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Protesters took to the streets in Beirut to demonstrate against the country’s ruling class

Scores of protesters took to the streets in Beirut to demonstrate against the country’s ruling class after a deadly blast left more than 130 dead and thousands injured, forcing two government ministers to resign.

As hopes faded of finding any survivors of Tuesday´s explosion, information minister Manal Abdel Samad and environment minister Damianos Kattar both announced their resignations Sunday, in a further hit to the embattled government of Prime Minister Hassan Diab.

Calling the explosion an “enormous catastrophe”, Kattar said he had lost hope in a “sterile regime that botched several opportunities”.

Several MPs also quit and local media reported Diab was mulling announcing the entire government´s resignation, a day after protesters briefly occupied and ransacked government ministries.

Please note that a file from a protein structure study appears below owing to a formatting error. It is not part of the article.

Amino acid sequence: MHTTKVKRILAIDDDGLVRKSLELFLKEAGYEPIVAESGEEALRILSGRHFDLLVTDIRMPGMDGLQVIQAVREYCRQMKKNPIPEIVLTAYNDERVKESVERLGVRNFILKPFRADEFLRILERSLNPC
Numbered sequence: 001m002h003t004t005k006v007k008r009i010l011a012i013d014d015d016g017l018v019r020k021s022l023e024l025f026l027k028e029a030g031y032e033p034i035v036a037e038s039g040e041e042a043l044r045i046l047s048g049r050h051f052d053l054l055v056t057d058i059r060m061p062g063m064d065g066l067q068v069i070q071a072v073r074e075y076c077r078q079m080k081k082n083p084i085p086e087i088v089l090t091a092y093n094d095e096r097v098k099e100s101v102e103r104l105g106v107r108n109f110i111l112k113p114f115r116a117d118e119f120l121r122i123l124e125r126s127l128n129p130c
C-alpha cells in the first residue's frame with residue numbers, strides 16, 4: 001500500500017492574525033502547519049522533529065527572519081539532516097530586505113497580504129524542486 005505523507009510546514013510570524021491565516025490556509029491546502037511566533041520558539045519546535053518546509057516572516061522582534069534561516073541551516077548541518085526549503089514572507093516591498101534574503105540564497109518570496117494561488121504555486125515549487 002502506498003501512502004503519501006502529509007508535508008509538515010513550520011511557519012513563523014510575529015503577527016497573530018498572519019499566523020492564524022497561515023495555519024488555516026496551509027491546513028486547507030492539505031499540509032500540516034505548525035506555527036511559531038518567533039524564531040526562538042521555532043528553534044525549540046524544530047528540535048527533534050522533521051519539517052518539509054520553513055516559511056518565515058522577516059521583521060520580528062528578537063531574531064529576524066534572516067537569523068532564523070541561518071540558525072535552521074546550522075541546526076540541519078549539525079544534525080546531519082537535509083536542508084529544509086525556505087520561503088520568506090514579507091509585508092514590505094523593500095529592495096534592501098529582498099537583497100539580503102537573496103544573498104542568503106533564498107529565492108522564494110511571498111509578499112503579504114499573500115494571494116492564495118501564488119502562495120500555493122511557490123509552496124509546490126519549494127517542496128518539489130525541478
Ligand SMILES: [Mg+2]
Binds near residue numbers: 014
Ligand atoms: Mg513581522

Hundreds gathered again in and around Martyrs´ Square, a short walk from the port where the devastating explosion occurred, killing at least 158 people and injuring a staggering 6,000, many bloodied by flying glass.

“Those who died paid the price of a state that doesn’t care about anything except power and money,” said protester Tamara, 23, whose friend Rawan, 20, was killed in the blast.

“It´s not enough that ministers resign,” said her friend Michel.

“Those who put the explosives there must be held accountable. We want an international tribunal to tell us who killed (Rawan).”

Police later fired tear gas in an attempt to disperse protesters who hurled stones and let off fireworks near a street leading to parliament, AFP correspondents said.

Many wore helmets and gas masks, some wielded makeshift shields and others rushed to pick up smouldering tear gas shells and threw them back towards police.

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